Eons ago, when I was an avid Enid Blyton fan, I’d go play in the field behind our house. It had a hole in the ground that to me was huge. Not quite as big as meteor crater, but to my little mind, it was big enough to map. To explore. To get lost in. Me and my neighbour would spend hours there. She always got to be Julian because she was the oldest. I got to be Dick. Neither of us was much interested in being Ann or George and we didn’t have Timmy the dog or bottles of ginger beer. But we had fun.
A few years back, on a whim, I climbed through the ditch at the back of the field and went looking for my crater. It was tiny. So small that I couldn’t really believe I’d ever thought it to be so huge. Memory does that to us. Time does it, too. As does distance. We tend to make things bigger and better than they ever were. Old relationships become sadly perfect. Events become grander. Holidays become more amazing. Few, if any, memories, ever stay true to what actually happened, each one coloured by the prism of the experiences and perspectives that followed.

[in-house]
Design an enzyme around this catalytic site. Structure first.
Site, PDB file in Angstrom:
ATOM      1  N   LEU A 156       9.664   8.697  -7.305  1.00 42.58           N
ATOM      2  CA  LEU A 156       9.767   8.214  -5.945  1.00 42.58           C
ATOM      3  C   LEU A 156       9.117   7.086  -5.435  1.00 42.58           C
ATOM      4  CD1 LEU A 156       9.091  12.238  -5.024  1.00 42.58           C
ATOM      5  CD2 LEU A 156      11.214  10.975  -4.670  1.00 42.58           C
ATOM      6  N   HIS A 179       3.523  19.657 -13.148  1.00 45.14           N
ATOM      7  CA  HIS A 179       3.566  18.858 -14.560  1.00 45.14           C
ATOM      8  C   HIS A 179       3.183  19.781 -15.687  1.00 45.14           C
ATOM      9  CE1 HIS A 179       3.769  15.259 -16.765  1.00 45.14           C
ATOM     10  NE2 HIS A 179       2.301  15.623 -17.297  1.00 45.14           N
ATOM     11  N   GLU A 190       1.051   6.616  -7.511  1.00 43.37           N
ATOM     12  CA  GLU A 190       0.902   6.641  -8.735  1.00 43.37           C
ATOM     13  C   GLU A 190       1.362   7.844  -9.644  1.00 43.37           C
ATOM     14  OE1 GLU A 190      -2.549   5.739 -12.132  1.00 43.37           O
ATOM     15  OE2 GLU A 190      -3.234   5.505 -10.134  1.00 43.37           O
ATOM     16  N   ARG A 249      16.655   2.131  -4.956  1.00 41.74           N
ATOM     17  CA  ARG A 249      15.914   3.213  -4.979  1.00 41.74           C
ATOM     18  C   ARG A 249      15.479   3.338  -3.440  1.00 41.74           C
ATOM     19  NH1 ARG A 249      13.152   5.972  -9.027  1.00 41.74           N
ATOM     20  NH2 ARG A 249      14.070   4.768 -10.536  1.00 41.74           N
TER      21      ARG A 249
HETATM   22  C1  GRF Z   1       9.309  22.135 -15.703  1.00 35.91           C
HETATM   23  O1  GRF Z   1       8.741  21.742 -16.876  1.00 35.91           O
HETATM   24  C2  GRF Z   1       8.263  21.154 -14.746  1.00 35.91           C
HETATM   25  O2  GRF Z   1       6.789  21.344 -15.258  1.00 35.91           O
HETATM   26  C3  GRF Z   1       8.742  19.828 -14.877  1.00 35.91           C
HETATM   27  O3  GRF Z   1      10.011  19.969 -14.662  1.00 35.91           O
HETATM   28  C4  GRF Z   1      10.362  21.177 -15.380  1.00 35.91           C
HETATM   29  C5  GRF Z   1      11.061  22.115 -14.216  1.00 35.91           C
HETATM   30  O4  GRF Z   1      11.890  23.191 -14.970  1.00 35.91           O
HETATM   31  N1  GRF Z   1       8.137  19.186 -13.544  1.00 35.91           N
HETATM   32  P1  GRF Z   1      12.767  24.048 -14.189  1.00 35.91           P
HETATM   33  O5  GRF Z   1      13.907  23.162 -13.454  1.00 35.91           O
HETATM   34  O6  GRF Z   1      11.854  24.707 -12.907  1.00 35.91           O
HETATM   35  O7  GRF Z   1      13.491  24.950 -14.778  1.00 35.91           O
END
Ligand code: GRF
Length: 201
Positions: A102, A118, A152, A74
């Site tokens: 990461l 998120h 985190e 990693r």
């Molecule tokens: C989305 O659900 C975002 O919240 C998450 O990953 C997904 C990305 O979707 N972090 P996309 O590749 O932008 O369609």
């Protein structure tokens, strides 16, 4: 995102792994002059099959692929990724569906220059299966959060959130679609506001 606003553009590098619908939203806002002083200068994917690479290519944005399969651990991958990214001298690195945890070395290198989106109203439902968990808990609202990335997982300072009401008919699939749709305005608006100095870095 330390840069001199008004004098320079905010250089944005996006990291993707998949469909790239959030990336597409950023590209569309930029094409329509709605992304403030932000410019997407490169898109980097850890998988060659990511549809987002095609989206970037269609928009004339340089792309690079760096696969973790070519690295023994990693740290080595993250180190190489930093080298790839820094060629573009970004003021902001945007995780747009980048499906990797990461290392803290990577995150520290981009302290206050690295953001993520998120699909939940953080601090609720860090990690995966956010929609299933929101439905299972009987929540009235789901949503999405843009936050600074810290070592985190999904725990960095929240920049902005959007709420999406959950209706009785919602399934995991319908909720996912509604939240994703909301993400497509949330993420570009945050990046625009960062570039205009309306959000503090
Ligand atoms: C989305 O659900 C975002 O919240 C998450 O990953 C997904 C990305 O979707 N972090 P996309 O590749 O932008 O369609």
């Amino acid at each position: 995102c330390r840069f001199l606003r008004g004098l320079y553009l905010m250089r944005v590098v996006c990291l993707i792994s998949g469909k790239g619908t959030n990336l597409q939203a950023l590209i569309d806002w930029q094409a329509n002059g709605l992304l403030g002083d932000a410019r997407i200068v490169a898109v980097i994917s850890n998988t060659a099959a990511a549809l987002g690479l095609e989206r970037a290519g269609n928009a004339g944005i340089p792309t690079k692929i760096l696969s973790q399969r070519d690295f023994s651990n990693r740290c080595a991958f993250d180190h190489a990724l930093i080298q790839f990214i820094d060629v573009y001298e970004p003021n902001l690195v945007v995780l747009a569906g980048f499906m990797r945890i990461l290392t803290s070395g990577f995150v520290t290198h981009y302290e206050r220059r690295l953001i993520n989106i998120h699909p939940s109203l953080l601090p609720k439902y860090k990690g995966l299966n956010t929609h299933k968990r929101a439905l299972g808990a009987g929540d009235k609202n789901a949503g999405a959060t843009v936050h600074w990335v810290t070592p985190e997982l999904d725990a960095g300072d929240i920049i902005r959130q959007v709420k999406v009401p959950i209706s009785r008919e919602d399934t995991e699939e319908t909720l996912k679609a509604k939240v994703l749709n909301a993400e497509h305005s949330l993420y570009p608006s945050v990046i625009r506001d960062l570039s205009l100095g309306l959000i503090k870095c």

I’m like that with places. It had been about 20 years since I’d turned a corner in Sedona, Arizona, and been gobsmacked by the redness of it all. The rocks, standing tall and magnificent, daring anyone and everyone to do their damnedest to move them or get past them. And in the midst of the barren landscape, tiny shrubs taking root, as if in challenge. The opening lines of John Donne’s No man is an island came to mind.
No man is an island,
Entire of itself,
Every man is a piece of the continent,
A part of the main
Mile after mile of red rock bespeckled with the occasional daub of green stretched before us. Just outside the city limits of Sedona, the world was as I had remembered it. As awesome and as beautiful as it was 20 years ago.
The average age hasn’t changed much. With 10,000 year-round inhabitants, the means still stands at 50. But the diversity comes from the millions of tourists who visit every year. I knew it would be too much to hope that the town itself had remained unchanged – that it still had the one main street with a hotch-potch of artisan shops, a hand or two of tarot readers and the faint purple glow of some new age auras. But still, I hoped.